What are the missing hormones in Addison's disease?
Dogs with hypoadrenocorticism (Addison's disease) are unable to produce one or two steroid hormones, both secreted from the adrenal cortex (outer layer of the adrenal gland).
- The first hormone that's missing is cortisol, which is very important in maintaining a normal metabolism, as well as a general sense of well being.
- The second hormone that's missing is aldosterone, which manages the water balance and serum electrolytes in the body.
Hypoadrenocorticism can be divided into primary and secondary subtypes. A third form, called "atypical" Addison's disease appears to be an early stage of primary hypoadrenocorticism in most dogs.
- With primary hypoadrenocorticism (Addison's disease), the problem lies in the adrenal gland itself, with atrophy or destruction of the gland.
- With secondary hypoadrenocorticism, the adrenal gland are normal, and the problem lies in the pituitary gland. The pituitary gland normally secretes a hormone called ACTH (adrenocorticotropic hormone) that stimulates the adrenal gland to secrete its hormones; in secondary hypoadrenocorticism, ACTH is not secreted in needed amounts, leading to the secondary adrenal insufficiency.
- The third subtype, atypical Addison's disease appears to be an early stage of primary hypoadrenocorticism in which only part of the adrenal gland has been completely destroyed.
In most dogs, we cannot determine what caused their adrenal disease. With primary hypoadrenocorticism, the following causes must be considered.
- Most dogs with the primary form appear to have an autoimmune condition in which the body destroys part of the adrenal cortex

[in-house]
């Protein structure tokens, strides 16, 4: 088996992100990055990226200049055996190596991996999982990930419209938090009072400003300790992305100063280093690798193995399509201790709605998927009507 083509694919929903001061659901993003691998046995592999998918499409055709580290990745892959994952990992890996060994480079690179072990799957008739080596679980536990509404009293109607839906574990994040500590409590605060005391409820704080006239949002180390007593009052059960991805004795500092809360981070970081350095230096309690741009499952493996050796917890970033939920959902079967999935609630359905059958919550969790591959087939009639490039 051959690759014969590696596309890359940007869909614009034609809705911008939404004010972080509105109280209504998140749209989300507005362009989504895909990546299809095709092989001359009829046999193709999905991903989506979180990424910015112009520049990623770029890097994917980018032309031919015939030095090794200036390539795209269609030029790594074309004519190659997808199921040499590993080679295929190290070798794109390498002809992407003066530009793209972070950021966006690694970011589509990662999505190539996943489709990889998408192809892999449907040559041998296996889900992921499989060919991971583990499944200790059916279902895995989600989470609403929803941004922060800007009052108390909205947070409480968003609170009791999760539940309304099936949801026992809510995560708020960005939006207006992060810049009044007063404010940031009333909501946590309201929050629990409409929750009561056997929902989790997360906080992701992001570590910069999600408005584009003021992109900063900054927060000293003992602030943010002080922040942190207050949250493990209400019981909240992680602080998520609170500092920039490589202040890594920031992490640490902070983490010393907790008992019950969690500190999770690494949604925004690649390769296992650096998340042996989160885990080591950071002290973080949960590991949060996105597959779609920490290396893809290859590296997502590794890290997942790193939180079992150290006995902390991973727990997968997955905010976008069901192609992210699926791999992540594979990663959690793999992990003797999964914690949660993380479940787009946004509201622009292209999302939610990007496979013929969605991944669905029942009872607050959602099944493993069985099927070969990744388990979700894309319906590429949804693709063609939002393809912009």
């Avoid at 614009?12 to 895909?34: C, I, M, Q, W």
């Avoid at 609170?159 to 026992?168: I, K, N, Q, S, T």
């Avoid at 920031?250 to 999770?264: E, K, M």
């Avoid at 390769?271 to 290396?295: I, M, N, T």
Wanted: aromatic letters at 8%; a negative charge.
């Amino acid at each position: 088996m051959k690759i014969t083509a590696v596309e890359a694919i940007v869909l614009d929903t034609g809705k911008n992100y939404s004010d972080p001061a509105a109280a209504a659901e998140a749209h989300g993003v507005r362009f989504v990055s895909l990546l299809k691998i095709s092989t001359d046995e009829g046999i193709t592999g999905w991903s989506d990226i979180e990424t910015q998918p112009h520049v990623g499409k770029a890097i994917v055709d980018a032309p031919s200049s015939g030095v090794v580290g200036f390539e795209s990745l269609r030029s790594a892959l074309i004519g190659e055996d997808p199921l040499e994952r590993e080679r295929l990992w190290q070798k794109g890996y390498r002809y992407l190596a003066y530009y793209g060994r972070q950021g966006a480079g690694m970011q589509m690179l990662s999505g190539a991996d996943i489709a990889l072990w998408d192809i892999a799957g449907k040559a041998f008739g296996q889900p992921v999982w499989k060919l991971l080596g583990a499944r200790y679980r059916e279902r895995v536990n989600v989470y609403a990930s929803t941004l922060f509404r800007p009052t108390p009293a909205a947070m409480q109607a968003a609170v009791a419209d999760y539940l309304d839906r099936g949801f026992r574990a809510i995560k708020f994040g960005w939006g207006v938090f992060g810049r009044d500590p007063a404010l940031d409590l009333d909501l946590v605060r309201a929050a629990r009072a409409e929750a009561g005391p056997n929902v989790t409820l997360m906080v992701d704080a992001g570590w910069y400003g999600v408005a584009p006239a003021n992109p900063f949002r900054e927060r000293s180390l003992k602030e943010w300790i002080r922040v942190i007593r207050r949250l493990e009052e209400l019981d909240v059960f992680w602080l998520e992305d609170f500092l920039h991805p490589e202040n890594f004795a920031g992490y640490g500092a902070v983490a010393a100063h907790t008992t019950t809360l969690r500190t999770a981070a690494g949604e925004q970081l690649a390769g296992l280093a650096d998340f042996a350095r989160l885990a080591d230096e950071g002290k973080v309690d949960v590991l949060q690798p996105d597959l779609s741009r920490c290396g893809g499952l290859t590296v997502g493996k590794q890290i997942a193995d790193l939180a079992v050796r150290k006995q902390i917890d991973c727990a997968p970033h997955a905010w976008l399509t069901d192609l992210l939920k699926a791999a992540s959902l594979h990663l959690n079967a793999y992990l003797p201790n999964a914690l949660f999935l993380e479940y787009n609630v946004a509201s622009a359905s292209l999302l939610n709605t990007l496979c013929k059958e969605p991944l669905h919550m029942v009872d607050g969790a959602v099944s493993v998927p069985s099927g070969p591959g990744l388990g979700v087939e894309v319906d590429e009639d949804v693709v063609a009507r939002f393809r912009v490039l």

- Very rarely, infiltrative conditions such as cancer can metastasis to and destroy the adrenal gland to cause Addison’s disease
- Occasionally, treatment of Cushing’s disease with the drugs mitotane and trilostane will result in complete adrenal destruction and Addison’s disease
- Congenital deficiency of ACTH secretion
- Pituitary tumors, inflammation or trauma that have destroyed most of the ACTH-secreting cells in the pituitary gland, leading to deficient ACTH secretion
- The mechanism by which atypical Addison's disease develops in not well-understood
- Most of these dogs appear to have an early stage of primary hypoadrenocorticism
- In these dogs, destruction of the adrenal cortex is not complete, making diagnosis more difficult
Although hypoadrenocorticism can develop in any age, breed, or sex of dogs, the following points should be taken into consideration when making a diagnosis.
- Hypoadrenocorticism is most common in young to middle-aged dogs.
- Most dogs with Addison's disease are females.
- Bearded Collies, Standard Poodles (see photo on left, below) , Great Danes, Portuguese Water Dogs, West Highland White Terriers (see photo on right, below), and Leonbergers are all predisposed to developing this disease.
With primary hypoadrenocorticism (Addison's disease), the dog generally develops complete adrenocortical destruction with both cortisol and aldosterone deficiencies.
Aldosterone is the main mineralocorticoid hormone, and it affects the levels of potassium, sodium, and chloride in the blood. Low levels of aldosterone cause potassium to gradually build up in the blood and, in severe cases, cause the heart to slow down or beat irregularly. Some dogs have such a slow heart rate (50 beats per minute or lower) that they can become weak or go into shock.
Less commonly, dogs will develop secondary or "atypical” primary hypoadrenocorticism. This subgroup of dogs are only deficient in cortisol and appear to maintain a normal aldosterone level, at least early in the course of their disease. These dogs are more difficult to diagnose because their signs are milder and the serum potassium, sodium, and chloride values all remain normal.
Clinical features of hypoadrenocorticism in dogs
Historically, hypoadrenocorticism generally has a waxing and waning course and may be confused with other diseases because the clinical signs are not specific. The most common clinical signs and physical exam finding include the following:
- Depression or lethargy
- Weakness or collapse
- Anorexia (poor appetite)
- Weight loss
- Vomiting or diarrhea
- Excessive thirst and urination
- Hypothermia (low body temperature)
- Dehydration and shock
In my next post, I'll discuss how we can diagnose hypoadrenocorticism, can will be fatal if not properly managed.